We all want our kids to listen to us and to our Au Pair or other caregiver, but how is it done? Do you have multiple children? Having trouble getting just one child to listen to you? There is help out there for you, and lots of it. I will share tips from the experts that really make sense and are totally doable.
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Toddlers are just like the rest of us — they don’t always listen. In fact, at their age they need you to teach them how to pay attention. “But what often happens,” says Roni Leiderman, associate dean of the Family Center at Nova Southeastern University in Fort Lauderdale, Florida, “is that parents say something 10 times, then they start counting down to punishment. What this does is actually condition the child not to listen until the tenth time.”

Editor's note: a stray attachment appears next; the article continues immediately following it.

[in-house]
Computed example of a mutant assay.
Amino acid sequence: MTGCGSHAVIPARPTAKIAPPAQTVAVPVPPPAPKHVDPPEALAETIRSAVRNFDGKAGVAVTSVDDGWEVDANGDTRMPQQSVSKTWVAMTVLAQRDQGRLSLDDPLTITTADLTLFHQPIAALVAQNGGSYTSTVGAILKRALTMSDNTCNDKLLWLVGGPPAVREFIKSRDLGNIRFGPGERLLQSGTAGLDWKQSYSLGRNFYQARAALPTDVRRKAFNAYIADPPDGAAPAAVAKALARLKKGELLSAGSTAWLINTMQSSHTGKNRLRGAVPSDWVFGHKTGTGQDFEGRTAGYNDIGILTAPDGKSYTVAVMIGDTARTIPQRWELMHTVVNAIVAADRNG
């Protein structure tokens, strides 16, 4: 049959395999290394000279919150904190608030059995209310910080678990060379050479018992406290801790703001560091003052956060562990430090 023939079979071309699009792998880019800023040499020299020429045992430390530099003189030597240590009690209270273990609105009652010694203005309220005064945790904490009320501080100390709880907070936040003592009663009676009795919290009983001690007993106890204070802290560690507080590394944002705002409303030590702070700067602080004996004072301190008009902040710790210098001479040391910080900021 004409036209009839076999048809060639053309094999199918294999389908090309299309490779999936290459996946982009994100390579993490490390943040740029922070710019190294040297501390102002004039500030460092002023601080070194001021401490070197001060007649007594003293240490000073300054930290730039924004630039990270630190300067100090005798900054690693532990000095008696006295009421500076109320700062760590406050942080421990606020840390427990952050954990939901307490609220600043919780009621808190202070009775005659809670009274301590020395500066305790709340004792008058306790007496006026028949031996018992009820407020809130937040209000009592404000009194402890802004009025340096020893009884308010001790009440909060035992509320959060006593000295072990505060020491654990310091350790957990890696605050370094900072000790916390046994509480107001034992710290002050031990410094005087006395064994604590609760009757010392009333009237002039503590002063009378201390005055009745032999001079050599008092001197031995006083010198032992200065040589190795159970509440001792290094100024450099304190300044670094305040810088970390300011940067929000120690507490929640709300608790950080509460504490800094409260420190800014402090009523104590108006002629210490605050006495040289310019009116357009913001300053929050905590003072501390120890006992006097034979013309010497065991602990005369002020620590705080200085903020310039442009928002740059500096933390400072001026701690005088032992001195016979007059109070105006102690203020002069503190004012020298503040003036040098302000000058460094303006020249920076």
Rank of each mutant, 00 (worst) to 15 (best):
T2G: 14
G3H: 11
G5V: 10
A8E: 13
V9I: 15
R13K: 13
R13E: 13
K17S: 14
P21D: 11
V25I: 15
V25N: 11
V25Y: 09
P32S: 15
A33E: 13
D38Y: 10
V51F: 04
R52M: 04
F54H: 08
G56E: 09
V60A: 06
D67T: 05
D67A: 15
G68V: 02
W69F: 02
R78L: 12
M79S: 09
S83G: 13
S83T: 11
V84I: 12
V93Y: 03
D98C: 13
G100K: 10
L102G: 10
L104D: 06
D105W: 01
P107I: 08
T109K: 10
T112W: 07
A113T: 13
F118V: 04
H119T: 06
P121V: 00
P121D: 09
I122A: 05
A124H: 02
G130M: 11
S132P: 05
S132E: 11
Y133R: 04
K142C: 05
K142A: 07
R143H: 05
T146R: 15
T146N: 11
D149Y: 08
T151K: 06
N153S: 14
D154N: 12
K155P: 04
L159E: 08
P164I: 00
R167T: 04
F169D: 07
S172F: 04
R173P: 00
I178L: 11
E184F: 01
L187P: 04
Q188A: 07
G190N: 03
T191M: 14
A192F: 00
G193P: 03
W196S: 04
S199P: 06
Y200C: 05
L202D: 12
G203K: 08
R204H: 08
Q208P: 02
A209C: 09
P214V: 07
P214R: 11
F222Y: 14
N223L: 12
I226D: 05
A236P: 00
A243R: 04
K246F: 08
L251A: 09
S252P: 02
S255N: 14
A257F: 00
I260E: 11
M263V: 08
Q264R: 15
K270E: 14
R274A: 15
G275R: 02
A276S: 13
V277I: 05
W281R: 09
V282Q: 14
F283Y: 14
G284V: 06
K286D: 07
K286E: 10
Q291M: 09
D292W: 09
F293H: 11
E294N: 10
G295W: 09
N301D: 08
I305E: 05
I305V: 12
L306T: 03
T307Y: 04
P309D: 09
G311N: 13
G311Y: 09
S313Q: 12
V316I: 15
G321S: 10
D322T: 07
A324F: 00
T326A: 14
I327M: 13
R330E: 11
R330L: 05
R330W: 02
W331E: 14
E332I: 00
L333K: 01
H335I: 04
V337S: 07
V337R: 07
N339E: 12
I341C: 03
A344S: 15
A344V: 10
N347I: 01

By not listening, your child is getting your attention (though constant nagging isn’t the best form of it). But being a good listener helps your child learn more effectively, heed danger signals, get along better with you and her teachers and other adults she’ll be expected to respect, and make better friends. There are many simple strategies that, when consistently followed, will teach toddlers the skills they need to become good listeners. And, as Leiderman points out, “It’s never too early to begin teaching your child. A toddler may not listen as well as a 5-year-old, but she still has lots of these skills.”
Tip #1: Get on her level.
As every parent realizes sooner or later, bellowing from a great height (much less from the other room) rarely has the desired effect. Squat down or pick your child up, so you can look her in the eye and grab her attention. She’ll listen much more closely if you sit down next to her at the breakfast table when reminding her to eat up her cornflakes, or perch on her bed at night when telling her you’re about to turn out the light.